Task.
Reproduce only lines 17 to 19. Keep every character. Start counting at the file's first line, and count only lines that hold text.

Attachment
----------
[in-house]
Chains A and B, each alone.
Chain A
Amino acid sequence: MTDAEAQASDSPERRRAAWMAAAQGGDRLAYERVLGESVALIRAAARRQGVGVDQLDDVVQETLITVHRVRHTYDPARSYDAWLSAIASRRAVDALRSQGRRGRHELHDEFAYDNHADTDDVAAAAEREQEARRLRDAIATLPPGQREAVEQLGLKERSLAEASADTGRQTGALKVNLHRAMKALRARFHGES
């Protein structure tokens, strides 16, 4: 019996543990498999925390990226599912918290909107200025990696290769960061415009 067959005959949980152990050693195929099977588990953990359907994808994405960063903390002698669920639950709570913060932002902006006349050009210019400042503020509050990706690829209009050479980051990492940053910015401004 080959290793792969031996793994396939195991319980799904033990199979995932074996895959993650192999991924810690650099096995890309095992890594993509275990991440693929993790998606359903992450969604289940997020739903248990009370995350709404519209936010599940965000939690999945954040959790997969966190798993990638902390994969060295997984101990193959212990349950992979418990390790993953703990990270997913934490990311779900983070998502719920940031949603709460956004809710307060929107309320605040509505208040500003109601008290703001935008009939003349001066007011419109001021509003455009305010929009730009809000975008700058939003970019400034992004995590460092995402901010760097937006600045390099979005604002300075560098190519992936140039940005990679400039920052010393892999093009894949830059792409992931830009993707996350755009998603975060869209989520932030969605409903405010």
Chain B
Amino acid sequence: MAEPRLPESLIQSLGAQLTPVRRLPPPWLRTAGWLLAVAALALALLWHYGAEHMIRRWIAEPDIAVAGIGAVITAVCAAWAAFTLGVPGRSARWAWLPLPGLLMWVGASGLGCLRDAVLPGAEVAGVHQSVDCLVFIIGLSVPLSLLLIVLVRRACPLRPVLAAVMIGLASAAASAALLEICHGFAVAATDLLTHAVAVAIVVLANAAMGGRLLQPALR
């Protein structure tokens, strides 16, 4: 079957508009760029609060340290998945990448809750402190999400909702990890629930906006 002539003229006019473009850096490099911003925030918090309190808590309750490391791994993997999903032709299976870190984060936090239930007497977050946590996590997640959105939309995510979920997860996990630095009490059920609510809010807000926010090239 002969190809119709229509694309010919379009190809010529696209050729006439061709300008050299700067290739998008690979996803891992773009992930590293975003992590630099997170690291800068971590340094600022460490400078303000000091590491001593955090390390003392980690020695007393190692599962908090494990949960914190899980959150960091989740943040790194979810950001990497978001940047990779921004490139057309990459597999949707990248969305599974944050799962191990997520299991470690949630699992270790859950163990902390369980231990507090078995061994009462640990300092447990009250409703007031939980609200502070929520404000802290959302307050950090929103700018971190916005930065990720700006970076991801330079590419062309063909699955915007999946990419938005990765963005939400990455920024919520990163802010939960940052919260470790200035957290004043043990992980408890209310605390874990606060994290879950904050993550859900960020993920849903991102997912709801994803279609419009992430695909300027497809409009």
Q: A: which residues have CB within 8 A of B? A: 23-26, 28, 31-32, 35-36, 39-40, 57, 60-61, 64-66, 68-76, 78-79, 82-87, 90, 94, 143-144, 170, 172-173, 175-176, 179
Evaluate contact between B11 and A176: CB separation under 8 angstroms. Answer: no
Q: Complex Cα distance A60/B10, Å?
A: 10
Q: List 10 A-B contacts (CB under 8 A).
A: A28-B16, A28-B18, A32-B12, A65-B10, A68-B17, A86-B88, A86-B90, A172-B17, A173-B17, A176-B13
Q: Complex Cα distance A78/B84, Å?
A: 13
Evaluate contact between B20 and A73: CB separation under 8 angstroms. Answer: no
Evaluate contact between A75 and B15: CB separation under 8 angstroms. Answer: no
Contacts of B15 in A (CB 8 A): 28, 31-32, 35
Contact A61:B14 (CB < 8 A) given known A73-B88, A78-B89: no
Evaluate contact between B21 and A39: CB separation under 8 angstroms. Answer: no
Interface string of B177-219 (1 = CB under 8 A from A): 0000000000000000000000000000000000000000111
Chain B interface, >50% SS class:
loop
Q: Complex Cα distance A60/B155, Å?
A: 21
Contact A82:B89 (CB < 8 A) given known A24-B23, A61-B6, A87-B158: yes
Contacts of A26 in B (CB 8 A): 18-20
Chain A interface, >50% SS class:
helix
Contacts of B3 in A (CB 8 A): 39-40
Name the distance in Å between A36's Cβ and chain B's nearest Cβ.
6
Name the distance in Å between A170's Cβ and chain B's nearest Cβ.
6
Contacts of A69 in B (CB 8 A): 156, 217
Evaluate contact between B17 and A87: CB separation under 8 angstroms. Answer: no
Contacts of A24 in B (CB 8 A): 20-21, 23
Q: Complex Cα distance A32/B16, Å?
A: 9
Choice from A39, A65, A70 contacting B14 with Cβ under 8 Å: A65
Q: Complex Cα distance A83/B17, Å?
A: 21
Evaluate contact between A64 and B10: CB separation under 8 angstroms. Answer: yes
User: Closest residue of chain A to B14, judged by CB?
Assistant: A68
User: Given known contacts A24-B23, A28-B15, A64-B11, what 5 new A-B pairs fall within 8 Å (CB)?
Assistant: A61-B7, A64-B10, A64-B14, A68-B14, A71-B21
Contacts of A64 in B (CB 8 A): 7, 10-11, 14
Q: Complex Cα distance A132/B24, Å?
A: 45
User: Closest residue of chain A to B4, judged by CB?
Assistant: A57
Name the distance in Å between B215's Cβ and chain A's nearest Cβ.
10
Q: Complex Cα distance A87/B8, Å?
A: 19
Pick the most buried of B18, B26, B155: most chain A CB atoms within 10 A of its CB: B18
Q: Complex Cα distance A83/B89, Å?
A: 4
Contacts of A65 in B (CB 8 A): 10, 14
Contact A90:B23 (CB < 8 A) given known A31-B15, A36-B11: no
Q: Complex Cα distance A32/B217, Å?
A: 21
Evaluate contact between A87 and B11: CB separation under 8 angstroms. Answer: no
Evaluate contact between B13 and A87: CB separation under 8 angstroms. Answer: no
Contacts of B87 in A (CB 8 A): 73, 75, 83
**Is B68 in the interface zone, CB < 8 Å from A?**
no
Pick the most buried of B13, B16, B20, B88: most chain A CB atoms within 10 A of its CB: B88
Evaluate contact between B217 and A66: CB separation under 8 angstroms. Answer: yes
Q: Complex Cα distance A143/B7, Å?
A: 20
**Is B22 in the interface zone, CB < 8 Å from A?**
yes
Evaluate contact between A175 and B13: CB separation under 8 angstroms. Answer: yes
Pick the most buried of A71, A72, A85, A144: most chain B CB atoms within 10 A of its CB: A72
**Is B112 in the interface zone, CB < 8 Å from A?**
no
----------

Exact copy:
Evaluate contact between B20 and A73: CB separation under 8 angstroms. Answer: no
Evaluate contact between A75 and B15: CB separation under 8 angstroms. Answer: no
Contacts of B15 in A (CB 8 A): 28, 31-32, 35